Our newly minted Nobel laureate Abhijit Banerjee, a product of the elite South Point school in Kolkata, then Presidency, then JNU and Harvard, had some rather kind and heavily inaccurate words to say about the Rashriya Swayamsevak Sangh (RSS) back in 2017 in the Indian Express.
Of course, this comes in contrast to the wild celebrations by liberals, patriots, the JNU/Bengal left on his award as well as Sourav Ganguly being handed the BCCI chiefdom along with Jay Shah (Amit Shah’s son – nepotism much?) by the ruling BJP, which is allegedly the arch nemesis of the Communist Party of India (Marxist). Yesterday was indeed quite the bumper deal for the average Bengali nationalist/fauxgressive’s ego. As Banerjee had once criticised the demonetization policy of the Modi government, quite a few ignorant leftists think he is politically on their side – even though economists abroad from the left to the right slammed it.
Why do I disagree with Banerjee’s characterisation of the RSS? Because for the past half a decade, my own painstaking research has been on the propaganda of the RSS from the 1940s onwards, and I truly wonder on which privileged savarna planet did Banerjee live on - that he found the RSS full of moderates, tolerance and Quranic scholars. It is truly a lovely way for an alleged progressive to talk about a right-wing fascist fundamentalist group such as the Sangh.
“I miss the old RSS. I never liked their views, but I appreciated the sophistication of their position. When I first arrived in the United States, I would try to explain to my new friends the fact that the RSS did not want Muslims to convert since they were already, in effect, Hindus who practiced Islam. All they wanted, my RSS friends would tell me, was that the Muslims accepted that there was no escape.”
The RSS wanted Muslims to not even have citizenship rights unless they Hinduized themselves, according to Golwalkar’s book from 1939, We Or Our Nationhood Defined:
“….the foreign races in Hindusthan must either adopt the Hindu culture and language, must learn to respect and hold in reverence Hindu religion, must entertain no idea but those of the glorification of the Hindu race and culture, i.e., of the Hindu nation and must lose their separate existence to merge in the Hindu race, or may stay in the country, wholly subordinated to the Hindu Nation, claiming nothing, deserving no privileges, far less any preferential treatment - not even citizen's rights.” (pg. 104)
The same argument was reiterated in 1966 in Bunch of Thoughts, another of Golwalkar’s books. That the RSS was not interested in conversion is a plain lie, coming from an academic who clearly knows better. A mere acknowledgment from Muslims was never enough.
“I understood why many Muslims found this offensive or worse, but it did stand in interesting contrast with the naked proselytising zeal that Christians and Mormons in Ronald Reagan’s America were awash with. “
For some reason, the Nobel laureate seems to think that the RSS (more or less the Indian version of the Klu Klux Klan) was more secular than Reagan and a lot less focused on conversion than Reagan. Sadly to say, it was grossly incorrect and the fact is that the RSS and the Arya Samaj joined hands during the same period to convert tribals back to Hinduism, and the huge boom of RSS funded schools sought to Hinduize every section of Indian society. How many people converted the Christianity in the US in the 1980s (the Reagan period)? The data itself proves Banerjee wrong.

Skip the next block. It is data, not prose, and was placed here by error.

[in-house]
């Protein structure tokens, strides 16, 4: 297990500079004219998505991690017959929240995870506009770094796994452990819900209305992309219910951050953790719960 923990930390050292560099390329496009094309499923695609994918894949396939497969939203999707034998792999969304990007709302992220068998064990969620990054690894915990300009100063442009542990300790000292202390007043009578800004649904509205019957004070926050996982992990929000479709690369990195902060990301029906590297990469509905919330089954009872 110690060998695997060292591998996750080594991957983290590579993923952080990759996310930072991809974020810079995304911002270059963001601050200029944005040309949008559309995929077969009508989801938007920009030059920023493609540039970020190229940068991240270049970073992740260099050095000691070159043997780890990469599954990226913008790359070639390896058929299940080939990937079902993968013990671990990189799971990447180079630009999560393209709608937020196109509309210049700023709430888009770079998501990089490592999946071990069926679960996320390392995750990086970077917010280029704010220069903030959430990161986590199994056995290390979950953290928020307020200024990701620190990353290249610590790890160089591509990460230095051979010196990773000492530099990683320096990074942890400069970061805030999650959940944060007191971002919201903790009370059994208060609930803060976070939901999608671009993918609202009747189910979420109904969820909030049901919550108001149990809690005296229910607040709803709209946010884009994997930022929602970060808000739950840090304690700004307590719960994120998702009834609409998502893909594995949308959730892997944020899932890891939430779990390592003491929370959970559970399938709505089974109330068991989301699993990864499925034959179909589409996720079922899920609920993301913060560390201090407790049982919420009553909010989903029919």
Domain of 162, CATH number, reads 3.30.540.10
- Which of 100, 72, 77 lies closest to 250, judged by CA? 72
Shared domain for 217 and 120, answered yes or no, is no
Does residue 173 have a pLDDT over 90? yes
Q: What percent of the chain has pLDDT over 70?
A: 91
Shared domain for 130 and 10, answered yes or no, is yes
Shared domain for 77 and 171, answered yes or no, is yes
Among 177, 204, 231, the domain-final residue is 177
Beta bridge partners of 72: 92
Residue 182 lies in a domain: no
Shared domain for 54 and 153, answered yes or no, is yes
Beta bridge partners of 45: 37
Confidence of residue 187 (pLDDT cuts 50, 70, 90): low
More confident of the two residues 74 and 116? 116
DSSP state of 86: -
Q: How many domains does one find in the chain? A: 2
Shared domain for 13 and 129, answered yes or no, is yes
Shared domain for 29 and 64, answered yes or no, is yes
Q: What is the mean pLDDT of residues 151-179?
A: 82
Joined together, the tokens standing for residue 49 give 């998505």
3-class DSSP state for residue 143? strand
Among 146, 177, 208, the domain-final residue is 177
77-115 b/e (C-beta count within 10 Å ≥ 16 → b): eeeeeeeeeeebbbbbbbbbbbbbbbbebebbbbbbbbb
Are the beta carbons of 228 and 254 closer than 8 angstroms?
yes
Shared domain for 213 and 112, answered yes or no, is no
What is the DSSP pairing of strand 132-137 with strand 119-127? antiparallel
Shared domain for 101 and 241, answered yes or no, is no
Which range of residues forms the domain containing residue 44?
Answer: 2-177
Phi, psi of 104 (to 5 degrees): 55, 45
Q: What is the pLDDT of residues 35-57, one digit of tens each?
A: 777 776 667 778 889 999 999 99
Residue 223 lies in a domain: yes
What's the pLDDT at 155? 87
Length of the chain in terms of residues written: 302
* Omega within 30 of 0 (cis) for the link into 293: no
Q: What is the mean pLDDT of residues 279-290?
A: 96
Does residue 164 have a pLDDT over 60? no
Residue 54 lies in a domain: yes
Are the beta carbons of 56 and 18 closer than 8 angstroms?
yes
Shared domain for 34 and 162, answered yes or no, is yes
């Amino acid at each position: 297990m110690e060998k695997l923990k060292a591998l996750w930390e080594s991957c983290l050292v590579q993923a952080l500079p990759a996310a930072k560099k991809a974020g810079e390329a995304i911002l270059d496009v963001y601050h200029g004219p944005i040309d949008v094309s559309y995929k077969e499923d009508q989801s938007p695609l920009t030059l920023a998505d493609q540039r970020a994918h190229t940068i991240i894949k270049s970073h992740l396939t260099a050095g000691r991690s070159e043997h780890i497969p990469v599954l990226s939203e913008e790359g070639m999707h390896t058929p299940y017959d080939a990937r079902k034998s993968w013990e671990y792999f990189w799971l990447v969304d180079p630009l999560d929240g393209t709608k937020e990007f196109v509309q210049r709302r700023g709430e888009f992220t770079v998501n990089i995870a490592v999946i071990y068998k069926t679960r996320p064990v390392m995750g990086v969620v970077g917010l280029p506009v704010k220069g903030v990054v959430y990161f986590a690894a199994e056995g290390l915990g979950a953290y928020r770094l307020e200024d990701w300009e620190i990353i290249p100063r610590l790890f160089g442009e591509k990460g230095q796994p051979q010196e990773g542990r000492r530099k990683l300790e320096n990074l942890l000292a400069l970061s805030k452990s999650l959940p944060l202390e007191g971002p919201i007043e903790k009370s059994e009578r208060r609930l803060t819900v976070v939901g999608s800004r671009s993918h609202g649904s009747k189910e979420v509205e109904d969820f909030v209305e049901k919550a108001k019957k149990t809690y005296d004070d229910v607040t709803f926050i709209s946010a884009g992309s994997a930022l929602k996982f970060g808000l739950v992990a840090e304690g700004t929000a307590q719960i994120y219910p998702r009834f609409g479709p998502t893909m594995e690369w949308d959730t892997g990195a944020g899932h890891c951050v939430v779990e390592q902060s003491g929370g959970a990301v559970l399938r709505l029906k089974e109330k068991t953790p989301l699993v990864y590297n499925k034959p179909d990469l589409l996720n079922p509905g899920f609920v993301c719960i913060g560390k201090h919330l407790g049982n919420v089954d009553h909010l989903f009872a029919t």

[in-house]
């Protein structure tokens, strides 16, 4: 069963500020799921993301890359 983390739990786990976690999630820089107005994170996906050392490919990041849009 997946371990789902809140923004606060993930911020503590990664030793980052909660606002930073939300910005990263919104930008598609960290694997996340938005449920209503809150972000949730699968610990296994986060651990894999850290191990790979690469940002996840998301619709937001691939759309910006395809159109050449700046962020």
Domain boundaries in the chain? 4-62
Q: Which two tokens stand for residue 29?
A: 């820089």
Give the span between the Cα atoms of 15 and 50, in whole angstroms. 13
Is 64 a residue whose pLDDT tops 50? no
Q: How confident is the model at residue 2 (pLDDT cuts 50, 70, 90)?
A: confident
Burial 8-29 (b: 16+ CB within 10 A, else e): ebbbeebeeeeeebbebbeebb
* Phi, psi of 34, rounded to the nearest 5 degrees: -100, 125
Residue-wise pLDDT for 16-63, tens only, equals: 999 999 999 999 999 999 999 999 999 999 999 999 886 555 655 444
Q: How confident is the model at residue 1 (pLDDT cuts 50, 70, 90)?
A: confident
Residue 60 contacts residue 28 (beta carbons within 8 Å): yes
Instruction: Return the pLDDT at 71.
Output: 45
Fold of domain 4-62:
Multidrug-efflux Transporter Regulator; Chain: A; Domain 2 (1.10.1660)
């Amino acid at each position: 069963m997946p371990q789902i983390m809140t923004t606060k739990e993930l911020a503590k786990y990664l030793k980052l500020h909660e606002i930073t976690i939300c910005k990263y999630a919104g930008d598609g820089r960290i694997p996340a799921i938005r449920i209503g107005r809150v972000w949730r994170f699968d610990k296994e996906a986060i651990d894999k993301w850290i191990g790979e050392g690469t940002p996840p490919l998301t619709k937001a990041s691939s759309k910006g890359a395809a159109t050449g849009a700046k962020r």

Of course, he even goes on to praise Vajpayee as a moderate – despite the fact that he let Modi get away with genocide in 2002, despite the fact that Vajpayee was a great supporter of the Nellie massacre. Somehow, Reagan (who was not a fundamentalist or a fascist) was worse, to the economist.
“In my youth, the typical RSS representative I met was an intellectual; they quoted the Quran at me and I, who had not read it, could not respond. Much like the Communists, for the aspiring intellectuals among us, they provided a forum where one could discuss ideas and aspirations that went beyond the merely mundane; again, like the Communists, they tended to be generous with their support, psychological, pedagogical and economic.”
The RSS branded Gandhi a Muslim appeaser, their close ally Hindu Mahasabha had a role in murdering Gandhi, the RSS routinely branded Nehru a traitor throughout the 1940s and 50s till his death in 1964, asked for Nehru, Maulana Azad and Gandhi to be hanged, called socialists (not even the communists) foreign agents from RSS’s inception till well beyond the India-China war of 1962, and called Jainism, Buddhism and Sikhism simply sub-sects of Hinduism. That the RSS led a campaign to evict ALL Muslim inhabitants from Delhi as if it were a partitioned province (no debate, only violence), the fact that RSS members have been found throughout history with illegal possession and usage of guns and bombs – not a word. Intellectualism was nowhere in sight.
Of course, the icing on the cake for Banerjee’s “tolerant RSS” was the fact that the RSS had been instigating communal riots and caste-based atrocities since its very inception in 1925 till this very date. But facts, for some reason, elude the empirical economist.
“But I can see exactly how a clever and intellectually voracious young man from a disadvantaged background, like Narendra Modi, became a swayamsevak.”
Banerjee decides to ignore the fact that Modi’s caste was conferred OBC status just a few months before he became Chief Minister of Gujarat, that his degrees are likely fake and that there are huge questions on his story of selling tea at a railway station that wasn’t even built during the period he claimed. Not to mention the fact that Modi has questioned climate change and even claimed that Taxila was in Bihar. A truly intellectually gifted man indeed.
“It is therefore probably no accident that Modi is the first Prime Minister of India after Mrs Gandhi to clearly try to project a vision of the India he wants. It is not a vision I like — Modi’s India is strong, modern and developed but not open, liberal or moral — but I appreciate his effort to inspire us to think beyond ourselves after the decade of silence with Manmohan Singh.”